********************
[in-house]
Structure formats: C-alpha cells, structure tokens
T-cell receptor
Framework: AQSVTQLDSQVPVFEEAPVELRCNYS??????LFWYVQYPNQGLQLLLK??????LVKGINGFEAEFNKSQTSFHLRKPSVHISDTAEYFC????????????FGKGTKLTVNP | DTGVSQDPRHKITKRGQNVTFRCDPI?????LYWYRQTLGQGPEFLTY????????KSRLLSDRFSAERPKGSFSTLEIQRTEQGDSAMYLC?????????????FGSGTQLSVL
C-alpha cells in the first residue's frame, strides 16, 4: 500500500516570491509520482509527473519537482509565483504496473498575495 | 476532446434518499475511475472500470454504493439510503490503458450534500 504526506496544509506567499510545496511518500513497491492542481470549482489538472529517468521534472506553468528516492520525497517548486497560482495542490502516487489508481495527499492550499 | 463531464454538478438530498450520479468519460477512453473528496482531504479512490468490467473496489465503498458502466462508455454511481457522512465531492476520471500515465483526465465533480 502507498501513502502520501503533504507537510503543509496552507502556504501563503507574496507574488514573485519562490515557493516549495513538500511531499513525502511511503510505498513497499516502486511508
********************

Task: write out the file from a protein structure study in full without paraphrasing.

[in-house]
Structure formats: C-alpha cells, structure tokens
T-cell receptor
Framework: AQSVTQLDSQVPVFEEAPVELRCNYS??????LFWYVQYPNQGLQLLLK??????LVKGINGFEAEFNKSQTSFHLRKPSVHISDTAEYFC????????????FGKGTKLTVNP | DTGVSQDPRHKITKRGQNVTFRCDPI?????LYWYRQTLGQGPEFLTY????????KSRLLSDRFSAERPKGSFSTLEIQRTEQGDSAMYLC?????????????FGSGTQLSVL
C-alpha cells in the first residue's frame, strides 16, 4: 500500500516570491509520482509527473519537482509565483504496473498575495 | 476532446434518499475511475472500470454504493439510503490503458450534500 504526506496544509506567499510545496511518500513497491492542481470549482489538472529517468521534472506553468528516492520525497517548486497560482495542490502516487489508481495527499492550499 | 463531464454538478438530498450520479468519460477512453473528496482531504479512490468490467473496489465503498458502466462508455454511481457522512465531492476520471500515465483526465465533480 502507498501513502502520501503533504507537510503543509496552507502556504501563503507574496507574488514573485519562490515557493516549495513538500511531499513525502511511503510505498513497499516502486511508